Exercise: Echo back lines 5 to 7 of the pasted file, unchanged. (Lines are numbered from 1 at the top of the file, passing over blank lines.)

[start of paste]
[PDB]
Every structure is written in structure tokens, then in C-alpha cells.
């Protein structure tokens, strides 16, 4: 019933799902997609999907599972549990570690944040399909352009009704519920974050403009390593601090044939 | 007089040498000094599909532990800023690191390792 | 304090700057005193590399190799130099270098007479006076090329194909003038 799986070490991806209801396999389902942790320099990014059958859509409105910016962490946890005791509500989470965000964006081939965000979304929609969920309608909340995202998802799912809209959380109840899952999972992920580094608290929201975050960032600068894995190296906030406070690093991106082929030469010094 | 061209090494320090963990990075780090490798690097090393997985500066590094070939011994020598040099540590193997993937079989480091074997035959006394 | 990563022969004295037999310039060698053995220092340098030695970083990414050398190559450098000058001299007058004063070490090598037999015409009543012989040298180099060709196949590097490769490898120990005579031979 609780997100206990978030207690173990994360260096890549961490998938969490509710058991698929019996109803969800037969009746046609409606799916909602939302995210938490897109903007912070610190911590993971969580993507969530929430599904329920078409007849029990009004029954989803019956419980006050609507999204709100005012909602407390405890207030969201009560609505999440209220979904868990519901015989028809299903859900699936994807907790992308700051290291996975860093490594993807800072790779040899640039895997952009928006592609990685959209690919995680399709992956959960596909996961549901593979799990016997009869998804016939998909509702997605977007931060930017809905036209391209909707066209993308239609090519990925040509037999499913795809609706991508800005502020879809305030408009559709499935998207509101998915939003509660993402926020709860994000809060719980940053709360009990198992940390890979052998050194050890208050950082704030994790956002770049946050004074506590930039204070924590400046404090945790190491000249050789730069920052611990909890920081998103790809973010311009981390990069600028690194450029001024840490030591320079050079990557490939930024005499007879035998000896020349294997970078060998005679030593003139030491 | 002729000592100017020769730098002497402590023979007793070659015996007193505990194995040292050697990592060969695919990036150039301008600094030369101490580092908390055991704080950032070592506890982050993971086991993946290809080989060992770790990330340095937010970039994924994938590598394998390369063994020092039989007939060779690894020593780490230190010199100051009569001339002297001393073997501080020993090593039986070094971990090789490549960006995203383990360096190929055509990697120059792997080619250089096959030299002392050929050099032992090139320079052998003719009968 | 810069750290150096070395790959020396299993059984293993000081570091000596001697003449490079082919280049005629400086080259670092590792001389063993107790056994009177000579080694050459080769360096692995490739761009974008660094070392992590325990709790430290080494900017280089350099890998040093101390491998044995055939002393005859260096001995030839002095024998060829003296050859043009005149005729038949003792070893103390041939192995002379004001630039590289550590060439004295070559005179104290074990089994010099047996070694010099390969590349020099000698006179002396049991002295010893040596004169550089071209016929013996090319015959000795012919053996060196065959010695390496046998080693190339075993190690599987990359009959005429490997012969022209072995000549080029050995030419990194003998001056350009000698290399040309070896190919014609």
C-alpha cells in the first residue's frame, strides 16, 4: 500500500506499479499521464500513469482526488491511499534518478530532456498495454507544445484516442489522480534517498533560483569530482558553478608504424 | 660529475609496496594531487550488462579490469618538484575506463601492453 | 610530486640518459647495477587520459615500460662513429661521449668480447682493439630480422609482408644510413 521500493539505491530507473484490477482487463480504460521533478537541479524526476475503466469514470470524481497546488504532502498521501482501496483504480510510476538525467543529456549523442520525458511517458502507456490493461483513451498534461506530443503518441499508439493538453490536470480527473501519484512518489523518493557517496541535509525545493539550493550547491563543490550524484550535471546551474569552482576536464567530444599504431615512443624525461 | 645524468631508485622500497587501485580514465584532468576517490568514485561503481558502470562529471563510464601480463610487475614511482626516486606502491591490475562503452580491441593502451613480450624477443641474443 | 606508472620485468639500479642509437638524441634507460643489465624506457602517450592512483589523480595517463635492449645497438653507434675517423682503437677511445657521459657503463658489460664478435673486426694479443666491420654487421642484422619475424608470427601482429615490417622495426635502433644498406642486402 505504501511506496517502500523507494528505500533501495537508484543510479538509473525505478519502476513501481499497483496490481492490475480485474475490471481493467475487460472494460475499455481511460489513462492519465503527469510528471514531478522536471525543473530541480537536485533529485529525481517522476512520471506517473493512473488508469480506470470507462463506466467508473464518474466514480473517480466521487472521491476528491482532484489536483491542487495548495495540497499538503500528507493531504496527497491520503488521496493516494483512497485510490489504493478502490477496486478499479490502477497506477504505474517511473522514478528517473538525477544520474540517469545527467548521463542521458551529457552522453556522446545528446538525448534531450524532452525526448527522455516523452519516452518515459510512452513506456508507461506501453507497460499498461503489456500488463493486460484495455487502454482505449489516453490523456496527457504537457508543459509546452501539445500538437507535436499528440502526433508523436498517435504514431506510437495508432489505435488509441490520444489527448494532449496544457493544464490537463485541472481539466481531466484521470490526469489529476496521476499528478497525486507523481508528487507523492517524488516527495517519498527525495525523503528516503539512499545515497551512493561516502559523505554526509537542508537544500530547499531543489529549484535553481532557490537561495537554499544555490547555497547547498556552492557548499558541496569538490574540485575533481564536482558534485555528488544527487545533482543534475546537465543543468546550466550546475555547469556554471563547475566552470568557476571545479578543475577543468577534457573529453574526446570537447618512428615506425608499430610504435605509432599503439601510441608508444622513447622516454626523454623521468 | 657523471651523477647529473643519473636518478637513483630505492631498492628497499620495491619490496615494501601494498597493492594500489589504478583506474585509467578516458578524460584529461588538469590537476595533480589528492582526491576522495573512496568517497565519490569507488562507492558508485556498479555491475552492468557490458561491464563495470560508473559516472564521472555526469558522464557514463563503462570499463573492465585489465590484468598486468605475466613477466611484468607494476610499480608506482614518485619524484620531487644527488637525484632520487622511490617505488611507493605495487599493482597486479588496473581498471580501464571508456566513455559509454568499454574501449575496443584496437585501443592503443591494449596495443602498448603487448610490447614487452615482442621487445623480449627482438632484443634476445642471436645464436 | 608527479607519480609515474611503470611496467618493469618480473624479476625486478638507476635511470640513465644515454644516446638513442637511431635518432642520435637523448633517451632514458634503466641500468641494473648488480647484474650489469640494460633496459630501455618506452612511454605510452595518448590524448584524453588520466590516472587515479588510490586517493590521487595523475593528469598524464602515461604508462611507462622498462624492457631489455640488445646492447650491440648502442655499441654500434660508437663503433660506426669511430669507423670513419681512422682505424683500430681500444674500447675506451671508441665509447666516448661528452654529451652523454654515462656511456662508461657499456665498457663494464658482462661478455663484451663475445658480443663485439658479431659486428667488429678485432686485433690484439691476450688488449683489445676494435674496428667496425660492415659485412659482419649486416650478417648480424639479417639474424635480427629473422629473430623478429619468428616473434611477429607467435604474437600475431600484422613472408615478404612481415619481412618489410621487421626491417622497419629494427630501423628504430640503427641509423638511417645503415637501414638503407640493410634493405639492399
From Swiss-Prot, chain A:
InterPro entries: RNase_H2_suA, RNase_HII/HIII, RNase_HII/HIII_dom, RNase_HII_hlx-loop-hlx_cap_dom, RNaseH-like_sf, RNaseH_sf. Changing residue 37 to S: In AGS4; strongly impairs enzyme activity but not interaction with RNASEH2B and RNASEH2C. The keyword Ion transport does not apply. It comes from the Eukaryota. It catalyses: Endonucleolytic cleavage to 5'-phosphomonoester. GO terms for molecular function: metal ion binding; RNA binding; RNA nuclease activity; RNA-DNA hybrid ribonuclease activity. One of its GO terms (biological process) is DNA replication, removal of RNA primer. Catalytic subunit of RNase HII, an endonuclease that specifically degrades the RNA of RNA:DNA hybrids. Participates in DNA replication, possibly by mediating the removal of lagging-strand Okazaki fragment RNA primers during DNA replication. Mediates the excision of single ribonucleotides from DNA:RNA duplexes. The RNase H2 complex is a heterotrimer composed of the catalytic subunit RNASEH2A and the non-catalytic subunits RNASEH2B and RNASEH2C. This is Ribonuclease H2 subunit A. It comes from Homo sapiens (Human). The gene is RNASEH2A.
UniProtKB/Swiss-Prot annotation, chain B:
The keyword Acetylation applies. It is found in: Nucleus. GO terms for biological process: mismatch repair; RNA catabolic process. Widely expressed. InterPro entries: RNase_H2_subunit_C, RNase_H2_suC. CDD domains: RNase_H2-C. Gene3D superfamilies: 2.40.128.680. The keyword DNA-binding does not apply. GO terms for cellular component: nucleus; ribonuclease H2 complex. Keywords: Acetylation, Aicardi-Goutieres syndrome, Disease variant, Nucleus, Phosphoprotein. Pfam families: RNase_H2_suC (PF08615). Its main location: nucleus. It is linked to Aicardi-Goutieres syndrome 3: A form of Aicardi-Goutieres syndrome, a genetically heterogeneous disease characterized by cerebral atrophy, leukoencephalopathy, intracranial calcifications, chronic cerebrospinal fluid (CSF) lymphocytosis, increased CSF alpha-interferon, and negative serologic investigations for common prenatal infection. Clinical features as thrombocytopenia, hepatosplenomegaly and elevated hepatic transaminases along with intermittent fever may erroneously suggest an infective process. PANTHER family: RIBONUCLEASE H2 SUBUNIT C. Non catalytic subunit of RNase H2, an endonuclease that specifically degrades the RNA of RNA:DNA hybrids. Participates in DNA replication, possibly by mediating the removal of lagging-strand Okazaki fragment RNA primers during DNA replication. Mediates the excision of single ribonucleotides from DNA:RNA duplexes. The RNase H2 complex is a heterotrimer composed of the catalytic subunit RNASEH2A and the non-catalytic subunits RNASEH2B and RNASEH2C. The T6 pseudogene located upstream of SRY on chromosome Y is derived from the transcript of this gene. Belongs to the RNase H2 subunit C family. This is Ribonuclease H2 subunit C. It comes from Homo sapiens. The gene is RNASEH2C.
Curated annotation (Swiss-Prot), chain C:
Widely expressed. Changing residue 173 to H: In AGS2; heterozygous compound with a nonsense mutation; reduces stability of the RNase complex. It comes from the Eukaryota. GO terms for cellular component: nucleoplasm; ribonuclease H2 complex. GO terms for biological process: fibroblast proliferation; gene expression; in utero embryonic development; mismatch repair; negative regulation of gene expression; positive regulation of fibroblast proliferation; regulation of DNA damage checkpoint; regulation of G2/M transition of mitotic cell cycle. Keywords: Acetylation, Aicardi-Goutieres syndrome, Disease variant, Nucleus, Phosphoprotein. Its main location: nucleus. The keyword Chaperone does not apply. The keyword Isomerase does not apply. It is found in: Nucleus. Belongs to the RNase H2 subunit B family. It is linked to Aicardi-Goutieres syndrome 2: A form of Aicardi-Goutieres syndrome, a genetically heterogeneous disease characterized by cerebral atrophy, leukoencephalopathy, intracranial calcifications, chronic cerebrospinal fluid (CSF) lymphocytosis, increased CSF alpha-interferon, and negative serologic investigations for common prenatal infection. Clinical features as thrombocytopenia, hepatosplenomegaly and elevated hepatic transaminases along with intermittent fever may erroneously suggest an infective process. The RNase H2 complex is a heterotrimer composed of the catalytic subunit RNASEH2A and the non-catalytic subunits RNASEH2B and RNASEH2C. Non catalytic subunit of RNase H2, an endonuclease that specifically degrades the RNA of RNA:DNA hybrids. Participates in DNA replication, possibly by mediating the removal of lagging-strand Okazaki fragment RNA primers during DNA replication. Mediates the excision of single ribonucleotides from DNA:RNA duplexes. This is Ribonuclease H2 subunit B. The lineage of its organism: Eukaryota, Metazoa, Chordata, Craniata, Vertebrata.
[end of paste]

From Swiss-Prot, chain A:
InterPro entries: RNase_H2_suA, RNase_HII/HIII, RNase_HII/HIII_dom, RNase_HII_hlx-loop-hlx_cap_dom, RNaseH-like_sf, RNaseH_sf. Changing residue 37 to S: In AGS4; strongly impairs enzyme activity but not interaction with RNASEH2B and RNASEH2C. The keyword Ion transport does not apply. It comes from the Eukaryota. It catalyses: Endonucleolytic cleavage to 5'-phosphomonoester. GO terms for molecular function: metal ion binding; RNA binding; RNA nuclease activity; RNA-DNA hybrid ribonuclease activity. One of its GO terms (biological process) is DNA replication, removal of RNA primer. Catalytic subunit of RNase HII, an endonuclease that specifically degrades the RNA of RNA:DNA hybrids. Participates in DNA replication, possibly by mediating the removal of lagging-strand Okazaki fragment RNA primers during DNA replication. Mediates the excision of single ribonucleotides from DNA:RNA duplexes. The RNase H2 complex is a heterotrimer composed of the catalytic subunit RNASEH2A and the non-catalytic subunits RNASEH2B and RNASEH2C. This is Ribonuclease H2 subunit A. It comes from Homo sapiens (Human). The gene is RNASEH2A.
UniProtKB/Swiss-Prot annotation, chain B: